End your meeting with the following questions: What are the next steps? Who is responsible for them? What is the timeframe? If you can at the time, assign Action Items on the Issues raised
#11 Post Meeting
After the meeting, send out a summary of your Meeting Minutes with the specific Action Items you discussed at the end of the meeting + any you need to add. Set a deadline for the response and follow up to assure it’s accomplished.
#12 Try it, before you Buy it.
No two companies are alike. What works for your meetings might not work for other companies, and so you’re going to need to do a bit of “trial & error” to find out what sort of meetings work best for your organization. Just remember to be patient and focused in discovering the best ways to make your meetings faster & more productive.
Comments: Do you know any other ways to Save Time at meetings?
For more Info, click on Meetings.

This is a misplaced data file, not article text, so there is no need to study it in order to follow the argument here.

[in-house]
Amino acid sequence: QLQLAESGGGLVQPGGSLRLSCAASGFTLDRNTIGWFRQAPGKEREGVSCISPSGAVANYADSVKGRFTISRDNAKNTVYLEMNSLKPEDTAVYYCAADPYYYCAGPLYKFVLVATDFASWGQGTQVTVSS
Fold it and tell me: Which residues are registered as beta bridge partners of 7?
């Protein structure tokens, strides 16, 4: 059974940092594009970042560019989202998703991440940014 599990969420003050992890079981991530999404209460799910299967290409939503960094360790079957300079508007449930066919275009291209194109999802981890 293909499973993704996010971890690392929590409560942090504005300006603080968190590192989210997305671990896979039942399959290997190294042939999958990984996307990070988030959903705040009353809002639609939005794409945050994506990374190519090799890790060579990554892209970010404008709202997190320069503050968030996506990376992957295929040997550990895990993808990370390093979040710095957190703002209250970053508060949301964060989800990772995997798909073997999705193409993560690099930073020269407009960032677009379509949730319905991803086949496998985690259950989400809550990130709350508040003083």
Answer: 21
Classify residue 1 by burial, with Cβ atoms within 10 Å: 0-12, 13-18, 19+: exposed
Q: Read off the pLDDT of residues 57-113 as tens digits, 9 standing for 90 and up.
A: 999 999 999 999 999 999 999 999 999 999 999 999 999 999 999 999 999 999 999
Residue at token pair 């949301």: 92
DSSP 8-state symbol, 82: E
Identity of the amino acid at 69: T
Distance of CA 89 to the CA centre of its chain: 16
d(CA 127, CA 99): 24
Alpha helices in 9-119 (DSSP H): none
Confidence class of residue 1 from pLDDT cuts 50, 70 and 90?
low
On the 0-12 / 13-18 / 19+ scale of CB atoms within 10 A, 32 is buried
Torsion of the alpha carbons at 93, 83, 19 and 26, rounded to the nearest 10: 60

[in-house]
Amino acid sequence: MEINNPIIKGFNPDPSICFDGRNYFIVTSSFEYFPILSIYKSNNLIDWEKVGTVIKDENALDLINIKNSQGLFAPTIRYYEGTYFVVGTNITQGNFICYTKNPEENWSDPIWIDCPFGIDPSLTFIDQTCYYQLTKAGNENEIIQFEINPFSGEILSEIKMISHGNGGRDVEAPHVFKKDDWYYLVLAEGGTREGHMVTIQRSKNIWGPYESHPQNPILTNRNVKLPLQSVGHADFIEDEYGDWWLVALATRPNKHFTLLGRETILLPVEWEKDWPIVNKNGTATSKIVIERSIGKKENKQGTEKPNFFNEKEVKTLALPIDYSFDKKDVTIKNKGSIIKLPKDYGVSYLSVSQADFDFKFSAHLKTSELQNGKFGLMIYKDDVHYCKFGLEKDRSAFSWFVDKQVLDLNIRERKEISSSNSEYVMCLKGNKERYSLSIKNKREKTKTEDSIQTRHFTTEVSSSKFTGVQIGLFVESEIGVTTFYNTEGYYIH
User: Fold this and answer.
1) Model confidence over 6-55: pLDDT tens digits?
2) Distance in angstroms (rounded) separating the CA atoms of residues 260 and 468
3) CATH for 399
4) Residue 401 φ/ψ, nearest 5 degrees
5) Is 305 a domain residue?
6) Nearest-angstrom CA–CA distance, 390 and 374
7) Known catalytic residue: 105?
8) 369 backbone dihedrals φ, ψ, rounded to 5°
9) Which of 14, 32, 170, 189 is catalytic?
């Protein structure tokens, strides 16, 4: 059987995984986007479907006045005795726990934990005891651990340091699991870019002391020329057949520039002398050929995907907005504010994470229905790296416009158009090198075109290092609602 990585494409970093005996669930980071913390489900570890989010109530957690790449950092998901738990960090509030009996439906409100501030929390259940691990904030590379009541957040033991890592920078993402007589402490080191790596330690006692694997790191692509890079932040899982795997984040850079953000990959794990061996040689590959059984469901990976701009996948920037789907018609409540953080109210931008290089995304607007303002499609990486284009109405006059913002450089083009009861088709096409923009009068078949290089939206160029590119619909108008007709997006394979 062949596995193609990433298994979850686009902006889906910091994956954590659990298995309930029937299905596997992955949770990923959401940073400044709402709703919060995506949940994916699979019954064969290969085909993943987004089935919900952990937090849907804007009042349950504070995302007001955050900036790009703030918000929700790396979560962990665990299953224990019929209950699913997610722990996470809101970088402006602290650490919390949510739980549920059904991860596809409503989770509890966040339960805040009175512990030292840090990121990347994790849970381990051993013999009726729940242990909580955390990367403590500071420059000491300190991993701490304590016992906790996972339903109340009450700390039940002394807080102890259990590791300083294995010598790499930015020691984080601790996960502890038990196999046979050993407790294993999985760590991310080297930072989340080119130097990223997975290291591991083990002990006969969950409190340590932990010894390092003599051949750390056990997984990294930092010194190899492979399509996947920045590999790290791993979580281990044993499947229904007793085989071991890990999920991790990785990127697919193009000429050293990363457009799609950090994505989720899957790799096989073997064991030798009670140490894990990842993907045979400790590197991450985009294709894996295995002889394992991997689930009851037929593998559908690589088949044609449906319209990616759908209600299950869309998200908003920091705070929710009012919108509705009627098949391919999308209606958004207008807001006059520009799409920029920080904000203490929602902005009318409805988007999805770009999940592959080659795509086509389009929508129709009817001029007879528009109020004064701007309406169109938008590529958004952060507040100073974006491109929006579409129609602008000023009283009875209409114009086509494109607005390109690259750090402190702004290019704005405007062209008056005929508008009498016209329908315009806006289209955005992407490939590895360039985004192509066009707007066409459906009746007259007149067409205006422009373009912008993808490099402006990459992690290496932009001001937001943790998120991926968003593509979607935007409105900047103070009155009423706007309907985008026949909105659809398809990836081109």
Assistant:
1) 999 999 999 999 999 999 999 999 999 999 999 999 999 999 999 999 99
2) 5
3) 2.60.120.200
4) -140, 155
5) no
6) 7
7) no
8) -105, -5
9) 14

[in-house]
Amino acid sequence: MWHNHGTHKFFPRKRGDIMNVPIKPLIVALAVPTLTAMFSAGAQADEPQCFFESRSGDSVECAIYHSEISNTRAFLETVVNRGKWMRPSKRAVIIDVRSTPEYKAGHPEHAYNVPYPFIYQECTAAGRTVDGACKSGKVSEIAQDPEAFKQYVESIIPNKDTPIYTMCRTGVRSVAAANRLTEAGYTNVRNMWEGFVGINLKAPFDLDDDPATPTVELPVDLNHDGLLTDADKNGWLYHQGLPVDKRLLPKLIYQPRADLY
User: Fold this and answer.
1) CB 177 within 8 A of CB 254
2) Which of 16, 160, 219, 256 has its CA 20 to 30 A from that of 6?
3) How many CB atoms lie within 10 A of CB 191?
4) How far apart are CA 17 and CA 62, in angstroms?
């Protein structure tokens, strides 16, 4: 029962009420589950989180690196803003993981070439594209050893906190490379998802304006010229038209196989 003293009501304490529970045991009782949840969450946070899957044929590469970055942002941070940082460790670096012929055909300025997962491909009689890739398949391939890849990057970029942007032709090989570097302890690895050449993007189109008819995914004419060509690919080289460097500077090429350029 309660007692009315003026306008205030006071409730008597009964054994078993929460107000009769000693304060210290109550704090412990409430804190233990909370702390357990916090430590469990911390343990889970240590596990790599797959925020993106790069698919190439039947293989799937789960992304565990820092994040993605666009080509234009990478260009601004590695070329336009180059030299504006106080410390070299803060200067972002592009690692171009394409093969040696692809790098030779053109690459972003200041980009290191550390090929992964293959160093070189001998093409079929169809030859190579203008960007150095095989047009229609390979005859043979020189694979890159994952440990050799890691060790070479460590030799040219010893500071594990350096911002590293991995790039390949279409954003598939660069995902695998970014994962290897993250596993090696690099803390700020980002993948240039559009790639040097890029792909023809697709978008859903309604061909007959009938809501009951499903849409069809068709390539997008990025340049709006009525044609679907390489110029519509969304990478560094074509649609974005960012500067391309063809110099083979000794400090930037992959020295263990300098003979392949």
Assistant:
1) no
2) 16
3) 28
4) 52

Enhanced by Peter/CXO Wiz4.biz
12 Alternatives to unnecessary Meetings
from PiktoCharts & LinkedIN 11/19 enhanced by Peter/CXO Wiz4.biz
Topics: IMs, Tele-Conferencing, Project Mgt Tools, Suggestion Aggregators, “virtual” Whiteboard, Wiki’s, Email Lists, Apps, To-Do tools, MindMaps,
Office workers spend an average of 4 of 40 hours per week in meetings (is that all?), and half of them say that time is wasted. We’ve all figured out that some meetings are un-necessary or last way too long. Here are 12 alternatives to having a traditional Meeting.
#1 Instant Messaging
IM is likely to be viewed more as a time-waster for pre & teenagers, a lot can get done via IM. It allows you and your partners to maintain a long-term virtual “presence” as you work, posting questions, updates, & ideas as they strike you or as you come across problems in your work. Since IM programs maintain a full record of the chat session, there’s no danger of missing anything or losing it – just scroll up. There are a couple of rules to follow for productive IM’ing.
- Cut the Chatter. To keep things focused, each person should speak only a) when they have something important to add, or b) in response to a question.
- Forget the Frills. Today’s IM software comes with voice & video capabilities, avatars, face-morphing functions, multi-colored fonts, and more. Leave those for your teens. You’re working, not playing IM.